Deep dropping is a specialized technique for catching golden tilefish, snowy grouper, black sea bass, and other bottom-dwelling species. Off the Mid Atlantic coast, anglers use a variety of gear in order to reach depths of 600 feet or more. Some anglers employ electric reels while others prefer manual reels.
Because of the extreme depths associated with the fishery, deep dropping requires special tackle. Most anglers use braided line or single strand wire in order to eliminate line stretch. Weights must also be oversized in order to compensate for strong currents. It is not unusual for conditions to warrant using weights of 2 pounds or more when fishing cut baits.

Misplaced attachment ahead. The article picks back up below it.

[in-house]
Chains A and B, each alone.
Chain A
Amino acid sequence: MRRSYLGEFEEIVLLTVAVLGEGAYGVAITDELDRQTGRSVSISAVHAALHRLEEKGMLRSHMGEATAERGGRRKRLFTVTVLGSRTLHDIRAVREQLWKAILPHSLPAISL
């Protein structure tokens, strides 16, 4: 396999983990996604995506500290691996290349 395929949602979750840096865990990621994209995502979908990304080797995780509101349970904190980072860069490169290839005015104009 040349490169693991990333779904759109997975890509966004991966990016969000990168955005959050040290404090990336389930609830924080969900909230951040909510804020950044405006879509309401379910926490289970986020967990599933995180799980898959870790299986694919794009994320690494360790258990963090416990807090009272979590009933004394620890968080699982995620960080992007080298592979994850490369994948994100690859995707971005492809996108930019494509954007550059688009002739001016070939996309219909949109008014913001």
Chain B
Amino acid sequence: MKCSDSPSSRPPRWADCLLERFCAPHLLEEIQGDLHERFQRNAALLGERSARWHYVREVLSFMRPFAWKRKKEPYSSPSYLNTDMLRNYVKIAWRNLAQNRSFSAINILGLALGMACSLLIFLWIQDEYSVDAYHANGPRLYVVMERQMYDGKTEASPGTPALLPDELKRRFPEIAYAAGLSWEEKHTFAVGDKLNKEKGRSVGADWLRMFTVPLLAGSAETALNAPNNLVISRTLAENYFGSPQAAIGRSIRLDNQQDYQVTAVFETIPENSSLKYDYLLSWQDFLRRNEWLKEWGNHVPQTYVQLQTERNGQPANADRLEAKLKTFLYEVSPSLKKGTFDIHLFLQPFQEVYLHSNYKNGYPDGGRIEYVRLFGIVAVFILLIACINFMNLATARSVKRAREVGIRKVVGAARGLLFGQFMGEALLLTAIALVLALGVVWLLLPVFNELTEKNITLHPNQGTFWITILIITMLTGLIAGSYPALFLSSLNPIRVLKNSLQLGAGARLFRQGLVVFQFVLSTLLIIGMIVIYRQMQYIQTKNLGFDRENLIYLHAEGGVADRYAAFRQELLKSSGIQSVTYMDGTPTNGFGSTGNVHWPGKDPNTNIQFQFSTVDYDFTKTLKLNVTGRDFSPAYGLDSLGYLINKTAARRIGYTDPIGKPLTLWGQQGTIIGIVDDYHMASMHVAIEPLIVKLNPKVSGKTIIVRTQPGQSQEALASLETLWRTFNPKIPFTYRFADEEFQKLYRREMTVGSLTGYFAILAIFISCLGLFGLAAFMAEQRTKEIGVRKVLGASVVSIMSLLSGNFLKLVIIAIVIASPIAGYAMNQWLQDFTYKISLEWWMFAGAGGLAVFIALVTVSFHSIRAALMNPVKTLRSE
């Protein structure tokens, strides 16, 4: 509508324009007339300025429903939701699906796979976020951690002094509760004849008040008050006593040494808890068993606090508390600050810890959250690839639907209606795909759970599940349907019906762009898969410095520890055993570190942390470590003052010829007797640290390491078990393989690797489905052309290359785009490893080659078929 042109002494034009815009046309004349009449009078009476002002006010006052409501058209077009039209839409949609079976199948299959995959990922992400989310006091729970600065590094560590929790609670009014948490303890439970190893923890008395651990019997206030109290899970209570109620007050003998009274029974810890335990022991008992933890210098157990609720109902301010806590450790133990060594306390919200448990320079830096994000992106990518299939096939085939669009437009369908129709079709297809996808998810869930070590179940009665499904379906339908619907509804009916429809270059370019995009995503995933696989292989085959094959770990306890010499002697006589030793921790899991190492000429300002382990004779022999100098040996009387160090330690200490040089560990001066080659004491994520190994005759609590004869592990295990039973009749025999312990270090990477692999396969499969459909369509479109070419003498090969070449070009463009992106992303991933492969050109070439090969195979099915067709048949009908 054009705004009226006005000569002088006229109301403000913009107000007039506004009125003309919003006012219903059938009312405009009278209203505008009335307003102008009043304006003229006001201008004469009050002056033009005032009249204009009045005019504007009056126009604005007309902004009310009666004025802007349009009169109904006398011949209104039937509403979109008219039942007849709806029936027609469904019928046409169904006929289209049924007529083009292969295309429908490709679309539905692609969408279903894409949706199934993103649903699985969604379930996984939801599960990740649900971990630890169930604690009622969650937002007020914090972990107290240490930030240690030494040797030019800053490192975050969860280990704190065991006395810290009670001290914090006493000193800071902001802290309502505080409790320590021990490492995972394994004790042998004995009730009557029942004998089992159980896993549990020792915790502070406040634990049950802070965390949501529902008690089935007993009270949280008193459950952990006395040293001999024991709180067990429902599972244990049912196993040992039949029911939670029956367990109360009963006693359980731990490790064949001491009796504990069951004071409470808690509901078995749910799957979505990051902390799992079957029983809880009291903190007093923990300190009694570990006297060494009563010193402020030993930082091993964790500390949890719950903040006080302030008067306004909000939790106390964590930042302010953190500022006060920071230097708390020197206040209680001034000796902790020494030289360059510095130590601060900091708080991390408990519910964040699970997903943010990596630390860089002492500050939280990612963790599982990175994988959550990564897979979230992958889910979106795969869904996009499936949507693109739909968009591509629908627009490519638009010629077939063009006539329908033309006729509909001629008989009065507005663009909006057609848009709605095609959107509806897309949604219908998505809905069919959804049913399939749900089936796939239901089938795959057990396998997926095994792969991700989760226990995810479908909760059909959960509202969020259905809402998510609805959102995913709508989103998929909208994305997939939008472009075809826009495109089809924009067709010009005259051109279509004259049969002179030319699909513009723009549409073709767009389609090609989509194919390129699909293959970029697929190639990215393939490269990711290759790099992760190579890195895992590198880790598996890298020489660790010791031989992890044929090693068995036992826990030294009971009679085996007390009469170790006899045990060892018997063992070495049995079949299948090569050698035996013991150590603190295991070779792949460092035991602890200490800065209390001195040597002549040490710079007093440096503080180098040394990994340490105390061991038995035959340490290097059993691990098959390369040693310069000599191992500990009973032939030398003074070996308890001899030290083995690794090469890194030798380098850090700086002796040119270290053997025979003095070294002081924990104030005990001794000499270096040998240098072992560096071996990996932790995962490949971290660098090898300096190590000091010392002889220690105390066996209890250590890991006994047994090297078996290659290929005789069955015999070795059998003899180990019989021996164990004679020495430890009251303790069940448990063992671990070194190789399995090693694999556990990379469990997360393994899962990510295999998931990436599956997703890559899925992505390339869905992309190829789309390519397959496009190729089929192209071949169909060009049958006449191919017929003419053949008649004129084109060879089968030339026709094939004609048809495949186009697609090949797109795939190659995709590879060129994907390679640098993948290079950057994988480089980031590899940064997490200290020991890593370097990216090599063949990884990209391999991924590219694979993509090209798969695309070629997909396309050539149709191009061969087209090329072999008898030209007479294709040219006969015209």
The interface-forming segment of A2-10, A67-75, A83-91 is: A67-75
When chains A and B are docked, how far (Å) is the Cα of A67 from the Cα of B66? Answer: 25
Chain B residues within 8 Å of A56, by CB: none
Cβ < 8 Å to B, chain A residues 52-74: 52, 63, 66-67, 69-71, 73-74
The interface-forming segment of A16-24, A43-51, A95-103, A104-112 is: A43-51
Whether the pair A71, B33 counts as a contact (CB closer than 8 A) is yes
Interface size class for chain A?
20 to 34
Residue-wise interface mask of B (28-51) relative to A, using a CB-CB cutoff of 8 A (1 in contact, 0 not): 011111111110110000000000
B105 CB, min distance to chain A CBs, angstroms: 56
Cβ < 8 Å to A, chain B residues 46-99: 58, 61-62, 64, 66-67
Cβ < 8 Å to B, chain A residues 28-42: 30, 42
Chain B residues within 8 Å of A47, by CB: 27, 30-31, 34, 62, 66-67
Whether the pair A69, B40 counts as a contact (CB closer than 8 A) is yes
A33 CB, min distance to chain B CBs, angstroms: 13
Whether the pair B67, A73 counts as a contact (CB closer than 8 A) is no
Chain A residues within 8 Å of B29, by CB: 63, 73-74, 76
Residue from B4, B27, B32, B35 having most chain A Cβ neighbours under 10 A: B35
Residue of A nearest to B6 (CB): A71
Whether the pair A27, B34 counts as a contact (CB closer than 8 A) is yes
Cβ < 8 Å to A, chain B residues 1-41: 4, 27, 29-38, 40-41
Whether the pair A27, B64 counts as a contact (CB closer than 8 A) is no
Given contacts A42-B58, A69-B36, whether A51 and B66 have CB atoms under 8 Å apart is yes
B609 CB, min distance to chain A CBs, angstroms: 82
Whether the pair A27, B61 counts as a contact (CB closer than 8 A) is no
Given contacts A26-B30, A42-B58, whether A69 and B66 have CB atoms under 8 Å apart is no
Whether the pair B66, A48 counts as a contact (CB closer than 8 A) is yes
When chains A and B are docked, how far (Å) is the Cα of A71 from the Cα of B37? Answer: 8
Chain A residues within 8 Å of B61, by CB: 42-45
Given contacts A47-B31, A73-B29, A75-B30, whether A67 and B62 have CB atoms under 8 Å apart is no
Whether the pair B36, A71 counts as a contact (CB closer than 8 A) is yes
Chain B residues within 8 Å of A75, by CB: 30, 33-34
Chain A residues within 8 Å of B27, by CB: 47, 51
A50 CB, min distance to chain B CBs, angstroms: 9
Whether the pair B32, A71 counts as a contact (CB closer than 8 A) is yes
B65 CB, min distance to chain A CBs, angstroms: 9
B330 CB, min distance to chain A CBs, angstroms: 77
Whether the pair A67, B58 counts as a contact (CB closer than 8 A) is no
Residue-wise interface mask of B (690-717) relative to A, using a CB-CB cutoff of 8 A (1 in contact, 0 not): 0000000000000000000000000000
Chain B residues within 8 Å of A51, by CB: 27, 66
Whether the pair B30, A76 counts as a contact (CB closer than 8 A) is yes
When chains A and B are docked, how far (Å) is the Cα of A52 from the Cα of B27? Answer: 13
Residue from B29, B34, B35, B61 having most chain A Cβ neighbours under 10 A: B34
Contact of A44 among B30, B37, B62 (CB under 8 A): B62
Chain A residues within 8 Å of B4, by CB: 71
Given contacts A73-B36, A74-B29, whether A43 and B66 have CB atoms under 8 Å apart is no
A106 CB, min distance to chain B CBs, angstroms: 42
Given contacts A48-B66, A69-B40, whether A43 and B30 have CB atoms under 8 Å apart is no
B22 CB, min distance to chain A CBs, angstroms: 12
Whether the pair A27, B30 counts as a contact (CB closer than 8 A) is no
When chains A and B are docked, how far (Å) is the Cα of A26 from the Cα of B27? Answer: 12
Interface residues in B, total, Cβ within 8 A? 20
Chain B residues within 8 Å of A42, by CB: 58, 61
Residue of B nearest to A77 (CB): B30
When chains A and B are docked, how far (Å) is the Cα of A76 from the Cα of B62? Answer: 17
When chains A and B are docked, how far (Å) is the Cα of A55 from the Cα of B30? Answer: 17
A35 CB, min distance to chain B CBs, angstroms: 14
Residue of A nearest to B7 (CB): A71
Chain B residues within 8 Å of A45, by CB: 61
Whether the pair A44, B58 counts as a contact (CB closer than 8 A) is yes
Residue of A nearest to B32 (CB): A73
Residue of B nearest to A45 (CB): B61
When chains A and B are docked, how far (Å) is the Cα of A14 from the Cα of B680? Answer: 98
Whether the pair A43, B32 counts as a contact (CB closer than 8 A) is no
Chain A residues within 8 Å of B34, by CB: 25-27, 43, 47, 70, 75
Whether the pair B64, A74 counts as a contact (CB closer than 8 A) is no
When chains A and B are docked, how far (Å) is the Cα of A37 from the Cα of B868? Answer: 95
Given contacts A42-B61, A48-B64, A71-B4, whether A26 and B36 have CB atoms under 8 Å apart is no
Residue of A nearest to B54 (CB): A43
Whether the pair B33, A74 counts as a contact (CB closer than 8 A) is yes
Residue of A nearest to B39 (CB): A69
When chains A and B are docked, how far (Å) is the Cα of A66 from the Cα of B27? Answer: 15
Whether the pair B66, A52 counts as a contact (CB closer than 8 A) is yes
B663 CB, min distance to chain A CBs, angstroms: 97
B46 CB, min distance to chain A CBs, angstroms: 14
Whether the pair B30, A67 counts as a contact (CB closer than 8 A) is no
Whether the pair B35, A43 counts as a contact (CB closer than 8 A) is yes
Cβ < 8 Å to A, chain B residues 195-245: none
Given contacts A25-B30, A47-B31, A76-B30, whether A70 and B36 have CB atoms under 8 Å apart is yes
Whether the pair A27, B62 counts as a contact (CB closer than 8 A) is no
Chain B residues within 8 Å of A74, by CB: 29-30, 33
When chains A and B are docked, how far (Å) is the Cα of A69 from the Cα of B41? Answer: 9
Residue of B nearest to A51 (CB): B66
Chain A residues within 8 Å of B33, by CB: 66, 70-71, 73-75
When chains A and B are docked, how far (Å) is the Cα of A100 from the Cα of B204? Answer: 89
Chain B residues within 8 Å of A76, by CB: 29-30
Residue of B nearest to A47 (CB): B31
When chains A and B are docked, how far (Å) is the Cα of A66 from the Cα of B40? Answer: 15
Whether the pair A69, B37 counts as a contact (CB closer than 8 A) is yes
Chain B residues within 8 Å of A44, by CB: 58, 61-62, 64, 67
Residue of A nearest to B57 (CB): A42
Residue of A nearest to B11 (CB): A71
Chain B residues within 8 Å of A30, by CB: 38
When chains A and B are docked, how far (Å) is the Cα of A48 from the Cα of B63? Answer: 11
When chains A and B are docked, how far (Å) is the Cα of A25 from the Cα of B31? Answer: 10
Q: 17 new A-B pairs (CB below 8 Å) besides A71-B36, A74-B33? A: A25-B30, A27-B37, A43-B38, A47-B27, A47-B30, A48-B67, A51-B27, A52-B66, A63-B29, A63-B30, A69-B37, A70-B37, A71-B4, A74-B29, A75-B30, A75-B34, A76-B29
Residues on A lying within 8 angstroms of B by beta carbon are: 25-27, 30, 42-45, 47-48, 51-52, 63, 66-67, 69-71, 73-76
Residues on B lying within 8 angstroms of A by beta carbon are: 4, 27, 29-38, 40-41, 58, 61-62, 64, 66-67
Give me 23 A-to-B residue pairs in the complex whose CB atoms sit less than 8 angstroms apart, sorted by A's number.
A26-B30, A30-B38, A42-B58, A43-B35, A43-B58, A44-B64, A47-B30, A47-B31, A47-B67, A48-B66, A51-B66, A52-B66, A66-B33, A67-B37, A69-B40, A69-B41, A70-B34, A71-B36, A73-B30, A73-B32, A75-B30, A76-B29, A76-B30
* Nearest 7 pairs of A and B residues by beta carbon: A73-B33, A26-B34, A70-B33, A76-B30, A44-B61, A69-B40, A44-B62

Circle hooks are commonly used although other styles are also popular. Anglers fish with either a single bait or a two hook rig. A variety of baits are used, including squid, clams, strips of freshly caught fish, or other saltwater baits.
Jigging with artificial lures is proven to be effective, especially when targeting grouper and tilefish. Diamond jigs and other large metal jigs are the most common types of lures. Large bucktail jigs are also effective, especially when rigged with strip baits.
The best locations for deep dropping are sometimes treated as highly secret. The most sensitive waypoints usually involve colonies of tilefish burrows. Other top spots for deep dropping include rocky outcrops, deep coral formations, or other underwater obstructions, especially those that lie along offshore canyon walls.
Occasionally, good fishing occurs in as little as 30 fathoms. More often, deep dropping is done along the ledges of offshore canyons as deep as 100 fathoms (600 feet).
Some of the most popular areas in the Mid Atlantic for deep dropping include the Wilmington, Poor Man’s, Washington, Norfolk, and Hatteras Canyons.